There is albergue Siervas de Maria on your left and a church on your right, go past it; the glass screens on your right cover an archaeological excavation. Pass next to a square with cafes and restaurants, the Camino leads diagonally through the square. Cycle straight on as the arrows indicate; the Museum of Chocolate is on the first narrow street on your right. When you get to the red brick wall turn right and seconds later turn left. The Disney type building in front of you is Gaudi’s Bishop’s Palace, the Tourist Information is on your left; cycle straight on until you get to the front façade of the Cathedral. Albergue San Javier is on the first street to the left. You are in
Astorga (923m; 68 km→3.90 to Murias de Rechivaldo) – a city of good architecture and chocolate.
Astorga is said to be the place where Saint James was preaching while converting the Iberian Penisula. The local diocese is very ancient indeed, mentioned for the first time in a letter of St Cyprien in the 3rd century. As it is possible that the foundation of the first church might be close in time to the preaching of the Apostles James and Paul, the cathedral bears the title ‘’Apostolic”.
The Gothic Cathedral de Santa María de Astorga was started in 1471 as an extension of the Romanesque church. Building works were finished off in the 18th century so the cathedral is a mixture of Flamboyant Gothic, Renaissance, Baroque and Neo-classicism. Its West façade (all Catholic churches are oriented to the East, so the West façade is usually the main one) represents first-class Baroque. Inside the cathedral, you will find Gothic vaulting with colourful keystone riveting.
The main altar was executed by the 16th-century artist Gaspar Becerra who cooperated with Esteban Jordan, the artist whose masterly carved alabaster low-relief you saw yesterday in Leon’s cathedral.
Becerra was the artist who brought the monumental style of Michelangelo to Spain and the altar in Astorga is the fundamental work defining this new style. The monumental altar narrates the life story of Jesus and his Mother and matches the tasteful interior of the cathedral. If you have some time the cathedral museum is also worth visiting. You can see, among other things one of the most treasured possessions of the cathedral: a golden 12/13th century Reliquary of the True Cross.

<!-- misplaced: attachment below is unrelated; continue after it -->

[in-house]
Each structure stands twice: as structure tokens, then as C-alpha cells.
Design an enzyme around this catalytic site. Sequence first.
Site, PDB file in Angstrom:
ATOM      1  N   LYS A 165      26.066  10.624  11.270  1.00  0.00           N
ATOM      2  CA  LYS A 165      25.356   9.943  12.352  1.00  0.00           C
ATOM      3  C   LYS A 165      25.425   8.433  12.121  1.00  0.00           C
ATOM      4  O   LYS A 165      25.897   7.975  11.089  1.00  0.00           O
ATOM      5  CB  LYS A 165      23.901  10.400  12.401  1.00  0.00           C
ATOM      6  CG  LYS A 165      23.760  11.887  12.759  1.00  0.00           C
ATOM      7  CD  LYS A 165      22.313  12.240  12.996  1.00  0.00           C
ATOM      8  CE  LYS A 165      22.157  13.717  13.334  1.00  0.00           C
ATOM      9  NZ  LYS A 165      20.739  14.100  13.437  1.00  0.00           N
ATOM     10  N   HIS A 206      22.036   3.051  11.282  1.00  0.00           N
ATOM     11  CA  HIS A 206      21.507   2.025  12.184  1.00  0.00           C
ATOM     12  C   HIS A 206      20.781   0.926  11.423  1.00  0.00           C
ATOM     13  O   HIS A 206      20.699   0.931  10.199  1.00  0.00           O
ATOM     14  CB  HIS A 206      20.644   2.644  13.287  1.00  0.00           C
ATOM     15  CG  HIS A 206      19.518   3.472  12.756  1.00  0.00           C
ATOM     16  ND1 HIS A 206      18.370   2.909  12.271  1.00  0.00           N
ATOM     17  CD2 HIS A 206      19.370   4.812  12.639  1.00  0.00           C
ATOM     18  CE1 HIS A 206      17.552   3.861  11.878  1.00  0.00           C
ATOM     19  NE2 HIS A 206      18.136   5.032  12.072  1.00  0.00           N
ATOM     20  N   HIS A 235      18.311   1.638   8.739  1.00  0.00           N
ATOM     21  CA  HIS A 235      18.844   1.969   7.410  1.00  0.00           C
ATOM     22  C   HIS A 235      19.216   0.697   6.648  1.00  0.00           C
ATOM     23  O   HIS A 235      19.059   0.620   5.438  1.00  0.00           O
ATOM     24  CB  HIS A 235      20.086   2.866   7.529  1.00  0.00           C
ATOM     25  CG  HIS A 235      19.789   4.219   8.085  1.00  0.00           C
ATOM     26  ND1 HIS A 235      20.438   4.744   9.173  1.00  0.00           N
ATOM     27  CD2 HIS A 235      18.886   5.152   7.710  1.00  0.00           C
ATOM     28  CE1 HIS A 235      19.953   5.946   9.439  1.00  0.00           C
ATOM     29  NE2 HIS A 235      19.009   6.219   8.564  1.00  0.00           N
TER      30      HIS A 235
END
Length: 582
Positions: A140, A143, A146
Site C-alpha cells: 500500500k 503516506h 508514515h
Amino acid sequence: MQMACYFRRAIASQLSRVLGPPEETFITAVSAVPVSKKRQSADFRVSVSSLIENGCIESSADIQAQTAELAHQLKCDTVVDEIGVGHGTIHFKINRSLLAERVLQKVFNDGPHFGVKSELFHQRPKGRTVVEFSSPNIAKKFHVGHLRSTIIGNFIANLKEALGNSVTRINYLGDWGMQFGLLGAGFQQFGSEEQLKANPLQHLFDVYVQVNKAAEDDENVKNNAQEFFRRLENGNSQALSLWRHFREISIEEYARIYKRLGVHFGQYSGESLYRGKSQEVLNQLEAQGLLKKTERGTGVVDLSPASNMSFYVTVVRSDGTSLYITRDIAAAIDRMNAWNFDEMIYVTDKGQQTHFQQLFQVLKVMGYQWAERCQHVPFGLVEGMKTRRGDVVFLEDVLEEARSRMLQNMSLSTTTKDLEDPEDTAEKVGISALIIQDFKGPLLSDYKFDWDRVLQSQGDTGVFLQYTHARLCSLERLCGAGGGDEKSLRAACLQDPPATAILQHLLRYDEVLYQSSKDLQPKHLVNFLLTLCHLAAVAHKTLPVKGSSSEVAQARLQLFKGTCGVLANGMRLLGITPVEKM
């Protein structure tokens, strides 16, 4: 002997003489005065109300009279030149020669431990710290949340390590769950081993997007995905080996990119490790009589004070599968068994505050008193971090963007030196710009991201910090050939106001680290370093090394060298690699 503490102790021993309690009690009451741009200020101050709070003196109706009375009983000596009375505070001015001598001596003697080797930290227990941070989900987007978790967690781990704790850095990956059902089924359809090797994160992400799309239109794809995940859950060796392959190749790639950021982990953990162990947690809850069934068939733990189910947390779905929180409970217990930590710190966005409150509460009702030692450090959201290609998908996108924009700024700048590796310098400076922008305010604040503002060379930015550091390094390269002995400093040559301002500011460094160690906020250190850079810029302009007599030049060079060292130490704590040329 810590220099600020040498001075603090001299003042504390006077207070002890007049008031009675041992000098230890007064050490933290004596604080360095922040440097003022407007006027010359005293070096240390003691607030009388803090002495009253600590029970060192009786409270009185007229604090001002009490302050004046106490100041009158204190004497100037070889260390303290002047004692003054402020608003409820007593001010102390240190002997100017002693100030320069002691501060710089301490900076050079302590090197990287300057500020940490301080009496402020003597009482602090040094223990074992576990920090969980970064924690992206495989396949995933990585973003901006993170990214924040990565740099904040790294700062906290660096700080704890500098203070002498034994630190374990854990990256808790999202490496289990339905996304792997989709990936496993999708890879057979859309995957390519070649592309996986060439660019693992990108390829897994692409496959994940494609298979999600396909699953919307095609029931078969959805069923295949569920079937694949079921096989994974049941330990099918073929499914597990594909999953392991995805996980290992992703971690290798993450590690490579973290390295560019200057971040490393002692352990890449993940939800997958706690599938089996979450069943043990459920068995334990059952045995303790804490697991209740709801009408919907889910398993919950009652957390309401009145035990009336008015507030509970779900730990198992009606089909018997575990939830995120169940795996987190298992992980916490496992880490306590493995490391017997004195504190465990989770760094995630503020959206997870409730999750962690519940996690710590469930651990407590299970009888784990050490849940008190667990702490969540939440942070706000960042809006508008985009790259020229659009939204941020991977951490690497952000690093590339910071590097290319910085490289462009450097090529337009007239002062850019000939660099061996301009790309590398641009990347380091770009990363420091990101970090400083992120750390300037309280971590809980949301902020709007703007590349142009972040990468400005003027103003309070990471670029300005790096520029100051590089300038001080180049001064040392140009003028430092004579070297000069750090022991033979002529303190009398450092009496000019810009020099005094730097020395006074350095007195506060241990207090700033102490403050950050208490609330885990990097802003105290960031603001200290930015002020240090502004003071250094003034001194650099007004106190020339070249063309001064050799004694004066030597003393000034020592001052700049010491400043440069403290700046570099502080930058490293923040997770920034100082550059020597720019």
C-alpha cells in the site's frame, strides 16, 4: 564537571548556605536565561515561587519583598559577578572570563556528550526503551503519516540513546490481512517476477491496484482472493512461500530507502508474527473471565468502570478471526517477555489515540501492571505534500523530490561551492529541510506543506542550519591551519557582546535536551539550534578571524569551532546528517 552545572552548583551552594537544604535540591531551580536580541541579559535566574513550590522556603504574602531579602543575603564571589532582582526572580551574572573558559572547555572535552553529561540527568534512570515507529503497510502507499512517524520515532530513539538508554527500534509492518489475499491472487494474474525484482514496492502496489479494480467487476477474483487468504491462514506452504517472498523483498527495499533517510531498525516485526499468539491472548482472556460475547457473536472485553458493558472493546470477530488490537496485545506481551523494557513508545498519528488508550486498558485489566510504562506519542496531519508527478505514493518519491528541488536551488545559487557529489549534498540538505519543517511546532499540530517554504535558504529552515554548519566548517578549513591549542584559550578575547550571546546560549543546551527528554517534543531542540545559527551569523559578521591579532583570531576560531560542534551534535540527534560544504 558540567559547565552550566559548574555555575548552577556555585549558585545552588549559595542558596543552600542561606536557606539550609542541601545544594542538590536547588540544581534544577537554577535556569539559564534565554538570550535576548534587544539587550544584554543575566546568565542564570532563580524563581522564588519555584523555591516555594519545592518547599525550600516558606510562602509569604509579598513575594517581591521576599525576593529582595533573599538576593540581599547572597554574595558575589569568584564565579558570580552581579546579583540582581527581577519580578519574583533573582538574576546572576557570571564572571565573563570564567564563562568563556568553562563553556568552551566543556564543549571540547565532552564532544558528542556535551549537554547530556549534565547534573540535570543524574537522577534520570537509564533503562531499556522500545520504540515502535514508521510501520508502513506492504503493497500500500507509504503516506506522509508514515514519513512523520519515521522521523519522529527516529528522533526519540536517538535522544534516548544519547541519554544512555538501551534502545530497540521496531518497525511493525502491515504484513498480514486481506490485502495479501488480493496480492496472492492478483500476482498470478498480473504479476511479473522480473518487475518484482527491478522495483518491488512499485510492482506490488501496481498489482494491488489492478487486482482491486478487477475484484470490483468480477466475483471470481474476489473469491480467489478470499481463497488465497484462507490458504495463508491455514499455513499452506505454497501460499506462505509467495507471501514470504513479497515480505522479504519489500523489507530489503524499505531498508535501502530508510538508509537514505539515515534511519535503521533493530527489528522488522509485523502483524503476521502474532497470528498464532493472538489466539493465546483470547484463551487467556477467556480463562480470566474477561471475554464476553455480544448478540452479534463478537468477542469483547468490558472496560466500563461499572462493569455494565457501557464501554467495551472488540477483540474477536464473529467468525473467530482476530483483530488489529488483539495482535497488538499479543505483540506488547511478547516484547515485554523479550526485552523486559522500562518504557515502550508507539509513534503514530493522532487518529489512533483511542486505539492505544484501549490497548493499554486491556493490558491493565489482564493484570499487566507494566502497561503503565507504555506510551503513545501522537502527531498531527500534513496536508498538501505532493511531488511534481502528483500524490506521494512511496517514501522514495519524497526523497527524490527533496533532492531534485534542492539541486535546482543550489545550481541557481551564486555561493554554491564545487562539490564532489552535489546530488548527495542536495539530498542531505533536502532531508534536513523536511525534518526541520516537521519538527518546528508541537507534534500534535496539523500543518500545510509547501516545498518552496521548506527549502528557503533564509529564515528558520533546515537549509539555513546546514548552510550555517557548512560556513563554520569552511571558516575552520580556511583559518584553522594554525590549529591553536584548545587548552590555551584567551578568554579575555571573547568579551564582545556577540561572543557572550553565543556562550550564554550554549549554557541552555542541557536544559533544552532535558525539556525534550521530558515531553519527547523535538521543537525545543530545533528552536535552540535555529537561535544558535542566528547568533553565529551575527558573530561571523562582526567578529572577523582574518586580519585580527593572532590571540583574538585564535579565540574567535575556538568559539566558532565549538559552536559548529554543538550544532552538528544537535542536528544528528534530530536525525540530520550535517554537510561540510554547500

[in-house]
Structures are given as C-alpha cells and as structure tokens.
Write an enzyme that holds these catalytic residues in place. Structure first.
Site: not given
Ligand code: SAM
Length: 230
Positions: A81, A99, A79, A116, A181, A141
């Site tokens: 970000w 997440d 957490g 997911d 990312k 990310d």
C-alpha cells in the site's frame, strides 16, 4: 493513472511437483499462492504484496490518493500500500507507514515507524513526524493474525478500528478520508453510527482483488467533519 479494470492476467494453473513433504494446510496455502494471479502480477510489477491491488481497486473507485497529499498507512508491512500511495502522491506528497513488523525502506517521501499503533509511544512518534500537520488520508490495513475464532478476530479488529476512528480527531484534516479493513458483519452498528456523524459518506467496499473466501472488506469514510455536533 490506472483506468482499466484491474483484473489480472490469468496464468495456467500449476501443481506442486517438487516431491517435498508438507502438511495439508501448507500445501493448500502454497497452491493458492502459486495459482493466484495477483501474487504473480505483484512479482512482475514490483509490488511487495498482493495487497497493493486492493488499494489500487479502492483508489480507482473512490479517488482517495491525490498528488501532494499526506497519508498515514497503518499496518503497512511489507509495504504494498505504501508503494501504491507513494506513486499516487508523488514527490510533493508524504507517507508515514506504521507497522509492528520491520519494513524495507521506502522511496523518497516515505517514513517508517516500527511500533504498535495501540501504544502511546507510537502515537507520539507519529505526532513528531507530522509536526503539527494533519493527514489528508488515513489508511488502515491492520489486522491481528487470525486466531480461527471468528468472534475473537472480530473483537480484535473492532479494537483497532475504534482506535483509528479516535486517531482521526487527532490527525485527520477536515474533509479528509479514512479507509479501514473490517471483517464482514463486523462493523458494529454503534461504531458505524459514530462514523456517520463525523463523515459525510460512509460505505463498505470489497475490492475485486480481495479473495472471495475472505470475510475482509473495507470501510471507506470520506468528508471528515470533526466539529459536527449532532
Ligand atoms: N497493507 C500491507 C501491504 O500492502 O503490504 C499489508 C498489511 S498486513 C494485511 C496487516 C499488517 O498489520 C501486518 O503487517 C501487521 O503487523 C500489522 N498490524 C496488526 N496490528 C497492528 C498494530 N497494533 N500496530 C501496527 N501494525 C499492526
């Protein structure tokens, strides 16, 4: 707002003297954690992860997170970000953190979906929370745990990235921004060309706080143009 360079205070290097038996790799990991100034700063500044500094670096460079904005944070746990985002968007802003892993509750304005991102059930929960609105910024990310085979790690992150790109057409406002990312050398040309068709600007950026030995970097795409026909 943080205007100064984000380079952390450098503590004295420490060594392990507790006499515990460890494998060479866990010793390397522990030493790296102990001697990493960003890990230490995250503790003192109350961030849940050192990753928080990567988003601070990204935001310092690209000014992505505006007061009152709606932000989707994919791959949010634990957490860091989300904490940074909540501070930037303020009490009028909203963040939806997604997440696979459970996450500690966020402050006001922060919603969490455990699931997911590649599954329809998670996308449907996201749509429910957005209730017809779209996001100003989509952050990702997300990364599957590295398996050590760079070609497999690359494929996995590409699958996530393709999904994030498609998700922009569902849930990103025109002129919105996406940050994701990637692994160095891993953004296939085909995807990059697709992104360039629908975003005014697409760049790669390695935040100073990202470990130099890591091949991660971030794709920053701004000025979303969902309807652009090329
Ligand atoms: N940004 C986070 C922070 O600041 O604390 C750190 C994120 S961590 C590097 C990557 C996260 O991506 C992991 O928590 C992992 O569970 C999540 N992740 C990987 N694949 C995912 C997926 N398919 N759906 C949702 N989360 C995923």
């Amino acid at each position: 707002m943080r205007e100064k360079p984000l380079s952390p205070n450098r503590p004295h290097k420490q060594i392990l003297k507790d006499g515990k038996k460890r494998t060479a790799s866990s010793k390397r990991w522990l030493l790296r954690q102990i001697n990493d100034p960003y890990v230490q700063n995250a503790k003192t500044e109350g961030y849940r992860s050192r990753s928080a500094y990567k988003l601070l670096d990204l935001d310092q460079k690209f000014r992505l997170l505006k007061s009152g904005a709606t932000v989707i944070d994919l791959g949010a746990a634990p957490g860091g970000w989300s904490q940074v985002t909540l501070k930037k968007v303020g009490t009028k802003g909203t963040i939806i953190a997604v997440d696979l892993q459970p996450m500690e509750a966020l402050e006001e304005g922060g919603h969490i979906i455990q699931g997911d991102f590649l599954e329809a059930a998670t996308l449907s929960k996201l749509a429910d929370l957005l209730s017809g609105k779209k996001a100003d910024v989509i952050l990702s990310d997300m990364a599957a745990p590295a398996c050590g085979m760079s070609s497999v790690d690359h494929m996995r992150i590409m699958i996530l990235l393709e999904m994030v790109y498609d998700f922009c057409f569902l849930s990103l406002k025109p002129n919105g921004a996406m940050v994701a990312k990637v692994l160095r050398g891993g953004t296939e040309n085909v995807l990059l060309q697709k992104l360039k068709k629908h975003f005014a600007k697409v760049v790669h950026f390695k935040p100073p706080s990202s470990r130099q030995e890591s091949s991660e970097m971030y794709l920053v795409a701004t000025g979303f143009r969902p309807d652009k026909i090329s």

The Bishop’s Palace, by the Catalan Antonio Gaudi, acknowledged as the most original and creative modernist architect rises up proudly next to the cathedral. It is designed in Neo-Gothic style, the same as Casa Botines you saw yesterday in Leon. The palace was a source of numerous controversies, which comes as no surprise to me. Suffice to say that every time I am in Astorga I look at the building and smile broadly.
When the former palace burnt down, the then Archbishop, originally from Catalonia commissioned Gaudi to design a new one. The architect didn’t have time to come up North, so he asked for photos of the surroundings and then designed the new palace. I believe that if he had come to the city, the palace would have looked different. In other words, I suspect that Gaudi’s absence in Astorga may partially explain the undeniable fact that the palace by its presence slaughters the elegant mass of the cathedral. Don’t get me wrong – the building is a piece of very good architecture, but perhaps it should stand further away from the cathedral. And it’s perhaps because it looks like a castle for a medieval princess waiting for her prince to arrive on his white horse, that none of the bishops ever decided to live there and quite quickly the palace was converted into a Museum of the Pilgrimage. However, having said all that the Bishops Palace is an absolute must-see. The family of storks is of the opinion that it is also an excellent place to live.
Astorga is famous for its chocolate, slightly different in taste from ordinary chocolate. There are cake shops everywhere in the city with very tasty displays of sweets. The Museum of Chocolate is rather small but worth visiting. It has amassed a good collection of vintage ceramics, posters, advertisements and antique tools for making chocolate. I really enjoyed it. The other sweet product characteristic of the region is a spongy cake called Mantecadas de Astorga, in taste a bit similar to Magdalenas.
When you get back to Plaza Espania – the square with the cafes and restaurants (walk down the road next to the Bishop’s Palace) pay attention to the Baroque City Hall, on whose façade a sculptured Maragatos couple ring a bell every hour (Maragatos are described in greater detail in the next chapter); then when you return to the first albergue you will notice Roman ruins while the gate on the right will lead you to a small park and the city walls of Roman origin, rebuilt in the 15th century. The view from the city walls is not to be missed.
Albergue Siervas de Maria, 164 beds, open all year round, heating, a kitchen, 5 Euros
Albergue San Xavier, 96 beds, opens from April to the end of November, heating, a kitchen, 8 Euros
Both the albergues have an excellent reputation amongst pilgrims, although personally I always stay at the latter. There is a good restaurant called Gaudi, opposite the Bishop’s Palace. The meals there are indeed unforgettable.